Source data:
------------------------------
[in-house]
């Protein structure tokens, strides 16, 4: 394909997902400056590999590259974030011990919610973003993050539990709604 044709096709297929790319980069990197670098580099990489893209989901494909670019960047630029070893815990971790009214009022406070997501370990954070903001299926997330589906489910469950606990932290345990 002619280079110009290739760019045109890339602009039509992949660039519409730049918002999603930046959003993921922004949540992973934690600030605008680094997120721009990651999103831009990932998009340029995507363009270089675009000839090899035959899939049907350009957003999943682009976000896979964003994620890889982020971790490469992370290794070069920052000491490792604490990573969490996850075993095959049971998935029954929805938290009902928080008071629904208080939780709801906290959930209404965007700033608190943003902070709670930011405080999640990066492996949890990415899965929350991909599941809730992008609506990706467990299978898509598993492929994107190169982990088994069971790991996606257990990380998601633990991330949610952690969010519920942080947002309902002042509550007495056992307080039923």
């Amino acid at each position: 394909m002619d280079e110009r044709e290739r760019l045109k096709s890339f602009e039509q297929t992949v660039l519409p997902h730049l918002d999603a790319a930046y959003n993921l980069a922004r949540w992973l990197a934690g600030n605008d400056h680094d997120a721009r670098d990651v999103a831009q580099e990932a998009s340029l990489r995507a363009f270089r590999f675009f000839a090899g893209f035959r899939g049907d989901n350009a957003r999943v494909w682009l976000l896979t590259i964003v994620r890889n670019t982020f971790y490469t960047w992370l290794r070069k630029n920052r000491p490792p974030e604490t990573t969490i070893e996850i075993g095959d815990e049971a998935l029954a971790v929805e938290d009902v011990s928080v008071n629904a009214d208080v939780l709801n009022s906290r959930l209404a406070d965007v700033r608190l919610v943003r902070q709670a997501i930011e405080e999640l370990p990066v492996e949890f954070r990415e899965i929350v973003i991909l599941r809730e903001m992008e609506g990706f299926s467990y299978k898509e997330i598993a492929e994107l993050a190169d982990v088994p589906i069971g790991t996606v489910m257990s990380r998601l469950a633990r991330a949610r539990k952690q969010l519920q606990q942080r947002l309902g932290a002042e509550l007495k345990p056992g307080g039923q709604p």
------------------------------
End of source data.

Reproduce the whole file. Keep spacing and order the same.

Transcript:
[in-house]
């Protein structure tokens, strides 16, 4: 394909997902400056590999590259974030011990919610973003993050539990709604 044709096709297929790319980069990197670098580099990489893209989901494909670019960047630029070893815990971790009214009022406070997501370990954070903001299926997330589906489910469950606990932290345990 002619280079110009290739760019045109890339602009039509992949660039519409730049918002999603930046959003993921922004949540992973934690600030605008680094997120721009990651999103831009990932998009340029995507363009270089675009000839090899035959899939049907350009957003999943682009976000896979964003994620890889982020971790490469992370290794070069920052000491490792604490990573969490996850075993095959049971998935029954929805938290009902928080008071629904208080939780709801906290959930209404965007700033608190943003902070709670930011405080999640990066492996949890990415899965929350991909599941809730992008609506990706467990299978898509598993492929994107190169982990088994069971790991996606257990990380998601633990991330949610952690969010519920942080947002309902002042509550007495056992307080039923």
């Amino acid at each position: 394909m002619d280079e110009r044709e290739r760019l045109k096709s890339f602009e039509q297929t992949v660039l519409p997902h730049l918002d999603a790319a930046y959003n993921l980069a922004r949540w992973l990197a934690g600030n605008d400056h680094d997120a721009r670098d990651v999103a831009q580099e990932a998009s340029l990489r995507a363009f270089r590999f675009f000839a090899g893209f035959r899939g049907d989901n350009a957003r999943v494909w682009l976000l896979t590259i964003v994620r890889n670019t982020f971790y490469t960047w992370l290794r070069k630029n920052r000491p490792p974030e604490t990573t969490i070893e996850i075993g095959d815990e049971a998935l029954a971790v929805e938290d009902v011990s928080v008071n629904a009214d208080v939780l709801n009022s906290r959930l209404a406070d965007v700033r608190l919610v943003r902070q709670a997501i930011e405080e999640l370990p990066v492996e949890f954070r990415e899965i929350v973003i991909l599941r809730e903001m992008e609506g990706f299926s467990y299978k898509e997330i598993a492929e994107l993050a190169d982990v088994p589906i069971g790991t996606v489910m257990s990380r998601l469950a633990r991330a949610r539990k952690q969010l519920q606990q942080r947002l309902g932290a002042e509550l007495k345990p056992g307080g039923q709604p």